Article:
Feed and grain generated grain dust explosions killed five in 2017

By Aerin Einstein-Curtis contact

- Last updated on GMT

© GettyImages/wlfella
© GettyImages/wlfella
In the US, feed grain dust led to seven explosions, five deaths and 12 injuries in 2017, says professor.

Feed and grains continue to generate risk for employees in the feed and grain-handling industries, although 2017 saw a comparatively low number of incidents said Kingsly Ambrose, assistant professor in the department of agricultural and biological engineering at Purdue University.

He recently released a draft report​ looking at incidents​ that took place during the year.

“Comparatively, the number of incidents was low in 2017,”​ he told FeedNavigator. “But, until we bring down this number to zero, the danger remains. Though we have engineering controls, sensors and suppression systems, [it is] alarming to see the number of fatalities and injuries from these incidents.”

In 2017, there were five deaths linked to grain dust explosions, up from three in 2016, he said in his report. However, all the deaths and many of the injuries stemmed from the same incident​ in Wisconsin.

One goal of releasing the annual report is to push for additional industry training, he said. “Continued training and awareness creation is important to reduce the number of incidents,”​ he added.

Report details

In 2017, there were seven grain dust explosions reported for the industry in the US, according to the report. In 2016, there were five explosions, and the 10-year average is 9.3.

In the last five years, there were a reported seven explosions in 2013 and 2014, eight in 2015 and 10 in 2012, Ambrose said in the report.

Last year, there was a regional diversity to where the grain dust explosions happened, he said in the report. In 2017 six states – Wisconsin, Iowa, Indiana, Nebraska, Oregon and Minnesota – each had at least one incident.

Since 1958 Iowa, Illinois, Nebraska, Minnesota and Kansas have all had more than 50 dust related explosions – 92, 81, 79, 62, 56 respectively, according to the report. In the last decade, those states had 11, 12, 7, 8 and 4, respectively.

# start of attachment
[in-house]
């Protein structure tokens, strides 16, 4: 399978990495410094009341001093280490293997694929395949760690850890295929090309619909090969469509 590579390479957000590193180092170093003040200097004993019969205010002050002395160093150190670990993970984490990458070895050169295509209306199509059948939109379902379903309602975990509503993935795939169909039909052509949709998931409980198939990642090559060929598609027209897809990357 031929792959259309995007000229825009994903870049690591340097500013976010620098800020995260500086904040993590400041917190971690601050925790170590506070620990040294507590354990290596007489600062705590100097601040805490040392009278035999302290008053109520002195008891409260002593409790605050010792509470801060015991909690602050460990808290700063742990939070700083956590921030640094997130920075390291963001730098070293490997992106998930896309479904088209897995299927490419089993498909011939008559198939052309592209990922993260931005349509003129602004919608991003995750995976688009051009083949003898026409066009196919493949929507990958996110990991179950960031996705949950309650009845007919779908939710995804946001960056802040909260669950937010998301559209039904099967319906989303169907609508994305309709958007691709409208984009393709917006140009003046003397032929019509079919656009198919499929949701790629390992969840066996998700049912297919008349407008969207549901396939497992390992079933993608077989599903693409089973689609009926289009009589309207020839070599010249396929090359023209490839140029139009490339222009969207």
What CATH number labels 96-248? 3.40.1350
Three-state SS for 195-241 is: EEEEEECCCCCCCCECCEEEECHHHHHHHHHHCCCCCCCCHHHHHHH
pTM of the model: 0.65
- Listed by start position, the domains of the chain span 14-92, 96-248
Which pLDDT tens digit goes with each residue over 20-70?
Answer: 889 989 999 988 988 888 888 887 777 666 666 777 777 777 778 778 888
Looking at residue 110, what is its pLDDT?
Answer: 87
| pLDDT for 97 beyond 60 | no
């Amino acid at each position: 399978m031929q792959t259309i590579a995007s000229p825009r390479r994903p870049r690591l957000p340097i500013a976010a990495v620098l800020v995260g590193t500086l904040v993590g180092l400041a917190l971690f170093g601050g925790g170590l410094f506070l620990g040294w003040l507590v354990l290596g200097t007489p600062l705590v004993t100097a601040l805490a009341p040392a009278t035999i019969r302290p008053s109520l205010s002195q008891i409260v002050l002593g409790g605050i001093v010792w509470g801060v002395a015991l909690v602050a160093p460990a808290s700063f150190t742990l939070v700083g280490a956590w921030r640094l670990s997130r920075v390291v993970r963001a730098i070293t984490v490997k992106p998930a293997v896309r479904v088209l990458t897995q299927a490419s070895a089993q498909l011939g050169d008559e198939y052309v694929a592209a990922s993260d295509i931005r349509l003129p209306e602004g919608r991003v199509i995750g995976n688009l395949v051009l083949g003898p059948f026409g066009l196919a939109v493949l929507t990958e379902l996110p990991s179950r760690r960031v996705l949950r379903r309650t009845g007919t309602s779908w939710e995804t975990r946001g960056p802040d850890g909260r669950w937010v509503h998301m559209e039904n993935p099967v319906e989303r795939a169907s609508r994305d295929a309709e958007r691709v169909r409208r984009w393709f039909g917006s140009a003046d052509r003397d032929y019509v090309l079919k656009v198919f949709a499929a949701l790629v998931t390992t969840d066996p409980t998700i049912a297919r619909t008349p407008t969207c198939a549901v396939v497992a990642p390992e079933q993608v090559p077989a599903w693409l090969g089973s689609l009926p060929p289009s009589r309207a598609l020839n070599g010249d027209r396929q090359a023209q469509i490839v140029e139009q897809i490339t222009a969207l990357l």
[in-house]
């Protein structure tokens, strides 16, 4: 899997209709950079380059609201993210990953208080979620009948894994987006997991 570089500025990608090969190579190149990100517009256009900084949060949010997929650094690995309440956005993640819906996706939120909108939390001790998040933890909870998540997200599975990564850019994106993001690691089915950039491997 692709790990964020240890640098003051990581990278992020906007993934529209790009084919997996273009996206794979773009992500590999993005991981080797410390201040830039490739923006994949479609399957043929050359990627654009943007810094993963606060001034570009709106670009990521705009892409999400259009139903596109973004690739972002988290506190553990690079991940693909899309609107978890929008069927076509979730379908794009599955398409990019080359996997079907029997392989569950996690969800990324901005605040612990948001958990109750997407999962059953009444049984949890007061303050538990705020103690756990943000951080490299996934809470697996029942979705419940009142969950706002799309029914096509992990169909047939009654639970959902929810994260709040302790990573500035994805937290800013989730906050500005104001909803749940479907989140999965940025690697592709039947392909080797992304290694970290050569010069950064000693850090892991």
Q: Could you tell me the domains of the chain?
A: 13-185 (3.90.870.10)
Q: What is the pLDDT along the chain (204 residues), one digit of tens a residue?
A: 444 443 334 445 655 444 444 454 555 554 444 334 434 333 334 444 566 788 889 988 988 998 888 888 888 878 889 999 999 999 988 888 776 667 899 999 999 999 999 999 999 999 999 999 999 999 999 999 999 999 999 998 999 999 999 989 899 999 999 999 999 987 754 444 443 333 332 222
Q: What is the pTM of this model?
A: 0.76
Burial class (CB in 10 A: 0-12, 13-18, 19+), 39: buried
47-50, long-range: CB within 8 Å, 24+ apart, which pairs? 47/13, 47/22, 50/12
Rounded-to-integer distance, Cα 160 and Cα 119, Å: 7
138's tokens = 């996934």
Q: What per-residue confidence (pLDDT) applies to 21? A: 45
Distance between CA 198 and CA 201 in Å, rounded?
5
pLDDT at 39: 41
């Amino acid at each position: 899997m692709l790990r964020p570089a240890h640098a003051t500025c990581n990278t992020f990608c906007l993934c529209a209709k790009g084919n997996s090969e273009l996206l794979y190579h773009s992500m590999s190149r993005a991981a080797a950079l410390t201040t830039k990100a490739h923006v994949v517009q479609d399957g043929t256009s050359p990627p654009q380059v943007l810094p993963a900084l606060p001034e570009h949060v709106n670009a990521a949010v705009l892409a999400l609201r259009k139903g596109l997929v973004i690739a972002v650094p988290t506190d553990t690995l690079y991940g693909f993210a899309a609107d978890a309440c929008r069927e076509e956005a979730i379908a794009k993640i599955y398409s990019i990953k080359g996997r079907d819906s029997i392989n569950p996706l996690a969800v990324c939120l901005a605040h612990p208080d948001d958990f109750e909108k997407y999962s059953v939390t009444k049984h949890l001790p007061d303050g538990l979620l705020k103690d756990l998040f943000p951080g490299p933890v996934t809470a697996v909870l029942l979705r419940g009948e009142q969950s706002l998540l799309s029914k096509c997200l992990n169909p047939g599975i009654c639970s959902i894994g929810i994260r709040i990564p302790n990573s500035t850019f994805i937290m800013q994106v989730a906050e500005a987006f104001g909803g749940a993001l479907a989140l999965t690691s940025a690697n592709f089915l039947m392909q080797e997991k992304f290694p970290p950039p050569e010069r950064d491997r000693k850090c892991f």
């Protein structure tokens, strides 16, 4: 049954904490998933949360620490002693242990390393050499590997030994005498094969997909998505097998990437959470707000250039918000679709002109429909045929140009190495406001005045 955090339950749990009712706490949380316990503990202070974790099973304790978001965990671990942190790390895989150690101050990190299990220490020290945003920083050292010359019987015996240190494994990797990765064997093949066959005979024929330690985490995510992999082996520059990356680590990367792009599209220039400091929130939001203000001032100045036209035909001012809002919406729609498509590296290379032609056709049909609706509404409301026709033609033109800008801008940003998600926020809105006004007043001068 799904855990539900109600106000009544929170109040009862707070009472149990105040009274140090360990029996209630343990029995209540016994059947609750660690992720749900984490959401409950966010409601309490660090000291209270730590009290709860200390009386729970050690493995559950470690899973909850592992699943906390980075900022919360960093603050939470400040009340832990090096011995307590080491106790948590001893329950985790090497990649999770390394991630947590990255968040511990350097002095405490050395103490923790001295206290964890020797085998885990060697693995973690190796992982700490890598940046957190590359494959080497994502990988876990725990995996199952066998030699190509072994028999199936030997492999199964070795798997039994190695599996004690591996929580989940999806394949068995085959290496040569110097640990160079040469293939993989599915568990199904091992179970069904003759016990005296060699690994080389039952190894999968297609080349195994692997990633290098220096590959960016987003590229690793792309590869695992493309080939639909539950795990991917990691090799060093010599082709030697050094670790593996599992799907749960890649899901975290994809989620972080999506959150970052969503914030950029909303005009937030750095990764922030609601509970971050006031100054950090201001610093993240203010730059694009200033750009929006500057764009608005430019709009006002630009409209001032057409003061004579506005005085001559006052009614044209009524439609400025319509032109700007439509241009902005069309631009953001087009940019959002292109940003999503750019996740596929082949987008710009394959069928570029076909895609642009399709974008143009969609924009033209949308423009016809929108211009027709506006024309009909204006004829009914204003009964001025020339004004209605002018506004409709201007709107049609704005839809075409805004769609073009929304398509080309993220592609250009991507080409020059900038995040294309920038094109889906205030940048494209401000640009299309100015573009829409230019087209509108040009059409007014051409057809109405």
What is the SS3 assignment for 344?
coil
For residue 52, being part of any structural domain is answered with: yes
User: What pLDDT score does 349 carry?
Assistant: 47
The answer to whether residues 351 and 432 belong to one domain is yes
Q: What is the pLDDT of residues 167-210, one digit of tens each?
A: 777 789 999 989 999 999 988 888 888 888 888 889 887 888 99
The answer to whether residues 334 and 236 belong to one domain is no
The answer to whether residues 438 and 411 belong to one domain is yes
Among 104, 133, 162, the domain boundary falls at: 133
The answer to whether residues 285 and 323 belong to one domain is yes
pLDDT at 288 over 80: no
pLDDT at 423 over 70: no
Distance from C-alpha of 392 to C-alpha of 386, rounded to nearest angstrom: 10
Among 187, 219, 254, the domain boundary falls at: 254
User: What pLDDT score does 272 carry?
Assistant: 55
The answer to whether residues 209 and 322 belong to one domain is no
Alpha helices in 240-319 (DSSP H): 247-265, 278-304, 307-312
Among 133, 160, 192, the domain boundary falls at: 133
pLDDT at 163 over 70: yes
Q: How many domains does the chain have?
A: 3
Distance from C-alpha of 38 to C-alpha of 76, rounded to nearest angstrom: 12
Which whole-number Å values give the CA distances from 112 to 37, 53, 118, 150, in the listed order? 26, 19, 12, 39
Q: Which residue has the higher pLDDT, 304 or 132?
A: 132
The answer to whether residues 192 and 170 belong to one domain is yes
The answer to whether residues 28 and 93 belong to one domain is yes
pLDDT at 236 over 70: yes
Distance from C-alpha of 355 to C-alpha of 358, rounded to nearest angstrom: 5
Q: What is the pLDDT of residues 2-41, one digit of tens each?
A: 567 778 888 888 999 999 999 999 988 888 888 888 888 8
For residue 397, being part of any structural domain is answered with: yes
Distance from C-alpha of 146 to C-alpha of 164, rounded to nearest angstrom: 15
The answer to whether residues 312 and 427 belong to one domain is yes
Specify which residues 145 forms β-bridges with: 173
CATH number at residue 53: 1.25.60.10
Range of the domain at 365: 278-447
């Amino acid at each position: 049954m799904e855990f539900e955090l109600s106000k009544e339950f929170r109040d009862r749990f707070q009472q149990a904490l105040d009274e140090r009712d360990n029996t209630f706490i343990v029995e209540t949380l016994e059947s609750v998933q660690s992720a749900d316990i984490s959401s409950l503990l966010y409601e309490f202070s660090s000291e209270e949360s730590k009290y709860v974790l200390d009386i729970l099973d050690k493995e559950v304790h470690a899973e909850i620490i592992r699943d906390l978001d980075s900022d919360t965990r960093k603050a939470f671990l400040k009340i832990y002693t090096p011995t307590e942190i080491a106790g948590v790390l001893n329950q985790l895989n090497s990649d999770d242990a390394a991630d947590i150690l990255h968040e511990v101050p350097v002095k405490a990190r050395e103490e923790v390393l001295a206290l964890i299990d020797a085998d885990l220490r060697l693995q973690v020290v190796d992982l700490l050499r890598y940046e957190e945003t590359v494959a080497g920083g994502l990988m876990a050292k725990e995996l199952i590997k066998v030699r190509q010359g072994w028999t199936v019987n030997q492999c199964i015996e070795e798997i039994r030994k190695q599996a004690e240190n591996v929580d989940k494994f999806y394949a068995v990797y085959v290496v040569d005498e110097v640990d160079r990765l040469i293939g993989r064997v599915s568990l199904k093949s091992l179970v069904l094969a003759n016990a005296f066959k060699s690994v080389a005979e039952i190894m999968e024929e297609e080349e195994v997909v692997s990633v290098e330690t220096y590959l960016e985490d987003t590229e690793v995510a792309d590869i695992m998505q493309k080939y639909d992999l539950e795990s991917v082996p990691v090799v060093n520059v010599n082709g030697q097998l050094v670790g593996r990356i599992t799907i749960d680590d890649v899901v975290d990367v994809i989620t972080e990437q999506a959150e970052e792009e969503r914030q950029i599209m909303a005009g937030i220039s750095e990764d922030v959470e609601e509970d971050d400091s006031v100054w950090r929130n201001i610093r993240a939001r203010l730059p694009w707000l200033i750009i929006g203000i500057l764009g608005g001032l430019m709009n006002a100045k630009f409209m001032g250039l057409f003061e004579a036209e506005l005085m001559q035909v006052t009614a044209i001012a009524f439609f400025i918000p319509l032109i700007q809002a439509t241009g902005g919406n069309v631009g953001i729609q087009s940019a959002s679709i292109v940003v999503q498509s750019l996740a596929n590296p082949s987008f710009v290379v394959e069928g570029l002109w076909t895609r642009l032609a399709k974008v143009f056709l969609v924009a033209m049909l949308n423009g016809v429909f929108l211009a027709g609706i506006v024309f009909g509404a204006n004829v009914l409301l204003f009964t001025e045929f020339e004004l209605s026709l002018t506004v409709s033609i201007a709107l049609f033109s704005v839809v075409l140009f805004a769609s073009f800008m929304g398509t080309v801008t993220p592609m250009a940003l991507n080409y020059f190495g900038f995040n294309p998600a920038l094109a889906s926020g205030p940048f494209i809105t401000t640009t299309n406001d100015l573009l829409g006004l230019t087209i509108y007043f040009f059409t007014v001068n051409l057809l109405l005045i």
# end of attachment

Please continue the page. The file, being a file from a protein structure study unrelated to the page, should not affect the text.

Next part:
Information on the grain dust explosions is gathered, so there is always a possibility that some incidents have been missed, said Ambrose. “These information are collected from the published reports, news articles and news alerts,” ​he added.

“There may be some incidents, such as minor explosions, [that] never get reported,” ​he said. “Collecting unreported incidents are challenging. That’s why we name this as a ‘draft report’ because there may have been minor incidents that are not covered in this report.”

Although all feed grains carry some ability to generate dust, corn may be the most concerning, he said. Following corn, the second commodity most prone to grain dust explosions in the last 10 years was mixed feed, according to the report.

“All the grains carry some quantity of dust – these dust separate from the grain surface during handling and transporting,” ​he said. “Usually corn carries a larger amount of dust compared to other grains.”

The facilities where the incidents happened include grain elevators, feed mills, flour mills and corn-milling sites – the worst year for feed mills was 2015 in which four had grain dust related explosions.

Last year, one explosion happened in a grain mill, five in grain elevators and one took place in a pet food plant, he said in the report.

“Handling, transporting and processing grains generate dust,” said ​Ambrose. “During off-season like late-spring and late-fall, when the amount of grains handled are low, the incidents are less likely to occur.”

The months least likely to see a grain-dust explosion are May and November, according to the report.

“During harvest season and when we prepare for the next harvest, the number of incidents are usually high,” ​said Ambrose. “That saying, none of the season is risk-free.”

There are five factors that contribute to the potential for a feed or feed grain dust-related explosion, he said. “We call that as a grain dust explosion pentagon,”​ he added.

“Presence of fuel (grain dust), ignition source, confined space, oxygen, and dispersed dust will cause an explosion,” ​he said. “If we remove one factor, most probably we could avoid an explosion.”

“The easiest factor will be the ignition source,” ​he added. “In general, if we keep the facility clean and equipment in good working condition (equipment maintenance), we could avoid most explosion incidents – so, continued training of workers and awareness creation is important to avoid explosions.”

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